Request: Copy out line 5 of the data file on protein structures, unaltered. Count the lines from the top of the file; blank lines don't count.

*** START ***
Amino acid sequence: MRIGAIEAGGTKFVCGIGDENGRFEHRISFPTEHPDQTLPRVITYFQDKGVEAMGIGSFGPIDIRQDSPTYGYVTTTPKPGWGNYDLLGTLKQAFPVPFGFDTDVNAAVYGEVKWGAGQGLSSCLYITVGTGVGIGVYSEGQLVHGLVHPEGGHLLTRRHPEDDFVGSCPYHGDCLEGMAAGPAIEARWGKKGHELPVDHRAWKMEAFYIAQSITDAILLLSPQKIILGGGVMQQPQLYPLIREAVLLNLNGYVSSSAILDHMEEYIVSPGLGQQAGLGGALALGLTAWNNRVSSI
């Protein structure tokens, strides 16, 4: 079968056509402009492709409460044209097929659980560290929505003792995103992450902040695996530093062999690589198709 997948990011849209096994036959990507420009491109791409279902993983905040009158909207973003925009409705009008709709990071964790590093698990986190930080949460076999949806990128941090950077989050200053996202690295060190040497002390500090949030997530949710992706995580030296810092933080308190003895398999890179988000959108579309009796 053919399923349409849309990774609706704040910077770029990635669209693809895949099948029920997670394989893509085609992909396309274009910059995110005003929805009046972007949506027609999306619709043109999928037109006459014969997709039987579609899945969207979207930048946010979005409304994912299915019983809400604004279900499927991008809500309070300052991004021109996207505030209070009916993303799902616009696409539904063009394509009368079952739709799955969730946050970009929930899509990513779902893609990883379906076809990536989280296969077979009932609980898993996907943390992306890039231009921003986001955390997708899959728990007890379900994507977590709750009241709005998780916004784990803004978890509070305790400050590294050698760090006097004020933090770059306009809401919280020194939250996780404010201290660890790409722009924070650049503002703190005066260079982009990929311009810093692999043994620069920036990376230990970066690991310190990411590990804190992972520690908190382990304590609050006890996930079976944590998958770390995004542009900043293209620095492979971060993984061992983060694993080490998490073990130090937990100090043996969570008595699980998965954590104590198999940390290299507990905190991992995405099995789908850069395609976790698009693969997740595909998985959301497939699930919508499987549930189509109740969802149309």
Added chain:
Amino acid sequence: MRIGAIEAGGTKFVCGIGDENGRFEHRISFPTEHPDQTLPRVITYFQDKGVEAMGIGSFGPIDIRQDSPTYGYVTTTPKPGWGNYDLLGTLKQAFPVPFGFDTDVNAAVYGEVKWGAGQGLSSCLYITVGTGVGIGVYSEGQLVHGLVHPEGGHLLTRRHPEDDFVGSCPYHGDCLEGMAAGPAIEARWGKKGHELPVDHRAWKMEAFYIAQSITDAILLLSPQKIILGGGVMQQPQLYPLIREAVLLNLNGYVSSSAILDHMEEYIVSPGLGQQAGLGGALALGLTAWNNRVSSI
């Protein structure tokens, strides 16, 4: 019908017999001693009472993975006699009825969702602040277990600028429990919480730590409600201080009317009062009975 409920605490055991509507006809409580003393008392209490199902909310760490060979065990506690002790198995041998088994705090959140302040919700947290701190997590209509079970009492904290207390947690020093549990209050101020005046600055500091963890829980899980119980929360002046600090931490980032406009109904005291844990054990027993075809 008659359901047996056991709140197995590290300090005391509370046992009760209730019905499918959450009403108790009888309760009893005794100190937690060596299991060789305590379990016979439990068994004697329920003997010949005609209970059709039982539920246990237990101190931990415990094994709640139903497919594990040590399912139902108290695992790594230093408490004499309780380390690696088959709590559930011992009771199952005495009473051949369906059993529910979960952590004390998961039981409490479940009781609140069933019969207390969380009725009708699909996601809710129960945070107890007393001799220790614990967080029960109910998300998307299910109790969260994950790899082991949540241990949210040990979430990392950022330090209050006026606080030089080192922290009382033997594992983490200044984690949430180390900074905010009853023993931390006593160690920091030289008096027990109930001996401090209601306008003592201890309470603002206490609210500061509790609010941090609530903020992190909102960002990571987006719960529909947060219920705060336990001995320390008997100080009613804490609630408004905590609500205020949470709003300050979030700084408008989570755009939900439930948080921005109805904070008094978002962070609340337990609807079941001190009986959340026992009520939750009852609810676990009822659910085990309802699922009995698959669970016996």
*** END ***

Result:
């Protein structure tokens, strides 16, 4: 019908017999001693009472993975006699009825969702602040277990600028429990919480730590409600201080009317009062009975 409920605490055991509507006809409580003393008392209490199902909310760490060979065990506690002790198995041998088994705090959140302040919700947290701190997590209509079970009492904290207390947690020093549990209050101020005046600055500091963890829980899980119980929360002046600090931490980032406009109904005291844990054990027993075809 008659359901047996056991709140197995590290300090005391509370046992009760209730019905499918959450009403108790009888309760009893005794100190937690060596299991060789305590379990016979439990068994004697329920003997010949005609209970059709039982539920246990237990101190931990415990094994709640139903497919594990040590399912139902108290695992790594230093408490004499309780380390690696088959709590559930011992009771199952005495009473051949369906059993529910979960952590004390998961039981409490479940009781609140069933019969207390969380009725009708699909996601809710129960945070107890007393001799220790614990967080029960109910998300998307299910109790969260994950790899082991949540241990949210040990979430990392950022330090209050006026606080030089080192922290009382033997594992983490200044984690949430180390900074905010009853023993931390006593160690920091030289008096027990109930001996401090209601306008003592201890309470603002206490609210500061509790609010941090609530903020992190909102960002990571987006719960529909947060219920705060336990001995320390008997100080009613804490609630408004905590609500205020949470709003300050979030700084408008989570755009939900439930948080921005109805904070008094978002962070609340337990609807079941001190009986959340026992009520939750009852609810676990009822659910085990309802699922009995698959669970016996």